adjective, nas·ti·er, nas·ti·est.
  1. physically filthy; disgustingly unclean: a nasty pigsty of a room.
  2. offensive to taste or smell; nauseating.
  3. offensive; objectionable: a nasty habit.
  4. vicious, spiteful, or ugly: a nasty dog; a nasty rumor.
  5. bad or hard to deal with, encounter, undergo, etc.; dangerous; serious: a nasty cut; a nasty accident.
  6. very unpleasant or disagreeable: nasty weather.
  7. morally filthy; obscene; indecent: a nasty word.
  8. Slang. formidable: The young pitcher has a good fast ball and a nasty curve.
noun, plural nas·ties.
  1. Informal. a nasty person or thing.

Origin of nasty

1350–1400; Middle English < ?
Related formsnas·ti·ly, adverbnas·ti·ness, noun

Synonyms for nasty

Antonyms for nasty

1. clean, pure. Unabridged Based on the Random House Unabridged Dictionary, © Random House, Inc. 2018

Examples from the Web for nastily

Contemporary Examples of nastily

  • David Foster Wallace nastily imagined readers “under 40” asking about Updike, in a 1997 essay.

    The Daily Beast logo
    Writing Off Updike

    Lee Siegel

    February 1, 2009

Historical Examples of nastily

  • (nastily spoken) I always said, if she came there would be trouble.

    Niobe, All Smiles

    Harry Paulton and Edward A. (Edward Antonio) Paulton

  • “I say though, but you kept it devilish dark,” he said, nastily.

    A Frontier Mystery

    Bertram Mitford

  • "When I want to hear your side of the story, I'll ask you for it," Goil said nastily.

    Jack of No Trades

    Charles Cottrell

  • "Doesn't take her mind off herself," suggested the doctor, nastily.

    Mavis of Green Hill

    Faith Baldwin

  • "You don't seem to have much confidence in your own medical opinions," he said nastily.

    In Jeopardy

    Van Tassel Sutphen

British Dictionary definitions for nastily


adjective -tier or -tiest
  1. unpleasant, offensive, or repugnant
  2. (of an experience, condition, etc) unpleasant, dangerous, or painfula nasty wound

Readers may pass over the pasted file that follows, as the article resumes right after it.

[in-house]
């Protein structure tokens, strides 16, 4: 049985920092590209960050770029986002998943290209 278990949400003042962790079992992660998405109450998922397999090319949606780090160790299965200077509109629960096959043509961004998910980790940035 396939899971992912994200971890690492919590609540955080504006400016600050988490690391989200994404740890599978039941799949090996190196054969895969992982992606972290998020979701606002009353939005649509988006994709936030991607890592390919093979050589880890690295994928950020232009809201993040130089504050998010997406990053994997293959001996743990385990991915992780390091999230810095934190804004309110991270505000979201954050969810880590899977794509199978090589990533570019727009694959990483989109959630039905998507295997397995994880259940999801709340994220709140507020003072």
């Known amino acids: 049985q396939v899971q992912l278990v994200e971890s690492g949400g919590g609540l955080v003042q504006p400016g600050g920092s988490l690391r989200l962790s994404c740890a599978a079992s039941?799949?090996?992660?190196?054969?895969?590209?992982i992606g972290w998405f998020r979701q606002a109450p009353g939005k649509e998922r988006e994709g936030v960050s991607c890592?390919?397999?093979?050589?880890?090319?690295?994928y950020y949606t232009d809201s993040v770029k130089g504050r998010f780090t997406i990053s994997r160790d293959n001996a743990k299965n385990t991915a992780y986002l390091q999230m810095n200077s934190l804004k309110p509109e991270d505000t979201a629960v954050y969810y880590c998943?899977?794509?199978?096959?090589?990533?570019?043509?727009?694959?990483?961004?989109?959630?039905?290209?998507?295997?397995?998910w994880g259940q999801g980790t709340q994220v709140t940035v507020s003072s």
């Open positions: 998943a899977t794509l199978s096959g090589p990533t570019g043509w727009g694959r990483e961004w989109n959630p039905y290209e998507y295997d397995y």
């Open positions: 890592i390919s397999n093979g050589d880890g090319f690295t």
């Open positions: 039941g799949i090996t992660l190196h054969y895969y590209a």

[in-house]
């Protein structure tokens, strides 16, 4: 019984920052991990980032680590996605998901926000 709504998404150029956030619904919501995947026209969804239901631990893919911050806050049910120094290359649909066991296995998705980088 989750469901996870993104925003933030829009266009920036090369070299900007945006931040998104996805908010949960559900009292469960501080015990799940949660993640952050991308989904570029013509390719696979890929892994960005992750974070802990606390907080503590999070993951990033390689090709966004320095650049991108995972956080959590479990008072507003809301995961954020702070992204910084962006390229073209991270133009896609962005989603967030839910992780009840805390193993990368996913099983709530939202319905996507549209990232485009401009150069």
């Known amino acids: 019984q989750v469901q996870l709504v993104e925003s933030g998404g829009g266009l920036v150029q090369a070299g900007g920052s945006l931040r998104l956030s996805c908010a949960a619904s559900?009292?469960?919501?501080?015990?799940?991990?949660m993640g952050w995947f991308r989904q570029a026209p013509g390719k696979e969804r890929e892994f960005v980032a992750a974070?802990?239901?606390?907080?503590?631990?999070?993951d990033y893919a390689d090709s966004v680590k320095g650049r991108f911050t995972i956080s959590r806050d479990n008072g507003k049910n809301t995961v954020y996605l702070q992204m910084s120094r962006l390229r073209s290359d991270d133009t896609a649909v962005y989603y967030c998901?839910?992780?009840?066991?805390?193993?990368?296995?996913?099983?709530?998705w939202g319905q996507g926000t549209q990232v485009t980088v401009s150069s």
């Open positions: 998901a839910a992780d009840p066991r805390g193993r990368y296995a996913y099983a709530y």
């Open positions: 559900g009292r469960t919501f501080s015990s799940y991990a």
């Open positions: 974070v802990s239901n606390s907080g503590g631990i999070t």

3. spiteful, abusive, or ill-natured
  4. obscene or indecent
  5. nasty piece of work British informal a cruel or mean person
noun plural -ties
  1. an offensive or unpleasant person or thinga video nasty
Derived Formsnastily, adverbnastiness, noun

Word Origin for nasty

C14: origin obscure; probably related to Swedish dialect nasket and Dutch nestig dirty
Collins English Dictionary - Complete & Unabridged 2012 Digital Edition © William Collins Sons & Co. Ltd. 1979, 1986 © HarperCollins Publishers 1998, 2000, 2003, 2005, 2006, 2007, 2009, 2012

Word Origin and History for nastily



c.1400, "foul, filthy, dirty, unclean," of unknown origin; perhaps [Barnhart] from Old French nastre "miserly, envious, malicious, spiteful," shortened form of villenastre "infamous, bad," from vilein "villain" + -astre, pejorative suffix, from Latin -aster.

Alternative etymology [OED] is from Dutch nestig "dirty," literally "like a bird's nest." Likely reinforced in either case by a Scandinavian source (cf. Swedish dialectal naskug "dirty, nasty"), which also might be the source of the Middle English word. Of weather, from 1630s; of things generally, "unpleasant, offensive," from 1705. Of people, "ill-tempered," from 1825. Noun meaning "something nasty" is from 1935. Related: Nastily; nastiness.

Online Etymology Dictionary, © 2010 Douglas Harper